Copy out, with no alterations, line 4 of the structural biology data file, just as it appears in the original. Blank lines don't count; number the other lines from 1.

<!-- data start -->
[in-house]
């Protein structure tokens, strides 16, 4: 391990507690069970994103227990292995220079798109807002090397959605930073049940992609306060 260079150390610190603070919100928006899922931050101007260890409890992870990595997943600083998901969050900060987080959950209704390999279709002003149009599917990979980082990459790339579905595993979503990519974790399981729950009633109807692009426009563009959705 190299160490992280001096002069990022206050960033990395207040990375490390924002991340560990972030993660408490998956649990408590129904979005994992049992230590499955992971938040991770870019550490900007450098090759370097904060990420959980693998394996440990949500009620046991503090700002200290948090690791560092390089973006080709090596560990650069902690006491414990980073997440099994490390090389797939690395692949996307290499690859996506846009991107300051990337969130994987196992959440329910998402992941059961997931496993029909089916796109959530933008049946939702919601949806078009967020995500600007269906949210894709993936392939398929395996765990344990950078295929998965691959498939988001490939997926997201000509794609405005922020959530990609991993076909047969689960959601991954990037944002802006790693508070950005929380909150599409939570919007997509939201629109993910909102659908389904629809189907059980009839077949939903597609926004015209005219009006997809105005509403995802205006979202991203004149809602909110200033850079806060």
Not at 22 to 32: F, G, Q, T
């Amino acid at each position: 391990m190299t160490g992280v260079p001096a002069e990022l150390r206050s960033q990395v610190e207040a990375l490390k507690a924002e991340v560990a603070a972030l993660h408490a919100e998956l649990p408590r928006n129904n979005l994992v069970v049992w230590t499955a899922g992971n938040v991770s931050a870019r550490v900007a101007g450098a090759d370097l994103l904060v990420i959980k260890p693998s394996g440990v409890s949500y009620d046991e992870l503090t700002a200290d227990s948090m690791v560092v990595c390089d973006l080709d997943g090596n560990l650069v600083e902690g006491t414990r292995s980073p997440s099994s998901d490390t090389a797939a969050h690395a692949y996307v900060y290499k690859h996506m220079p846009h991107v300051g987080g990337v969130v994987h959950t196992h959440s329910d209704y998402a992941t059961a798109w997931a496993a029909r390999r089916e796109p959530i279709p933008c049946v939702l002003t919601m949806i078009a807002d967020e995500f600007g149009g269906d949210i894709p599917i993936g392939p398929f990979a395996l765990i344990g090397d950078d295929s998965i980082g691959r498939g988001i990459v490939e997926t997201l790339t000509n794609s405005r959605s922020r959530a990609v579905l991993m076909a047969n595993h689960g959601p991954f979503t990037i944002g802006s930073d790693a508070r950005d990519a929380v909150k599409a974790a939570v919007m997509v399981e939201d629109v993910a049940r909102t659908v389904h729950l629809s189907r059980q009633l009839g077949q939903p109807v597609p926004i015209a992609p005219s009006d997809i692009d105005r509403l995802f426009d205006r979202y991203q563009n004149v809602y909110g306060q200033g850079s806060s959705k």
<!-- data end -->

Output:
């Amino acid at each position: 391990m190299t160490g992280v260079p001096a002069e990022l150390r206050s960033q990395v610190e207040a990375l490390k507690a924002e991340v560990a603070a972030l993660h408490a919100e998956l649990p408590r928006n129904n979005l994992v069970v049992w230590t499955a899922g992971n938040v991770s931050a870019r550490v900007a101007g450098a090759d370097l994103l904060v990420i959980k260890p693998s394996g440990v409890s949500y009620d046991e992870l503090t700002a200290d227990s948090m690791v560092v990595c390089d973006l080709d997943g090596n560990l650069v600083e902690g006491t414990r292995s980073p997440s099994s998901d490390t090389a797939a969050h690395a692949y996307v900060y290499k690859h996506m220079p846009h991107v300051g987080g990337v969130v994987h959950t196992h959440s329910d209704y998402a992941t059961a798109w997931a496993a029909r390999r089916e796109p959530i279709p933008c049946v939702l002003t919601m949806i078009a807002d967020e995500f600007g149009g269906d949210i894709p599917i993936g392939p398929f990979a395996l765990i344990g090397d950078d295929s998965i980082g691959r498939g988001i990459v490939e997926t997201l790339t000509n794609s405005r959605s922020r959530a990609v579905l991993m076909a047969n595993h689960g959601p991954f979503t990037i944002g802006s930073d790693a508070r950005d990519a929380v909150k599409a974790a939570v919007m997509v399981e939201d629109v993910a049940r909102t659908v389904h729950l629809s189907r059980q009633l009839g077949q939903p109807v597609p926004i015209a992609p005219s009006d997809i692009d105005r509403l995802f426009d205006r979202y991203q563009n004149v809602y909110g306060q200033g850079s806060s959705k």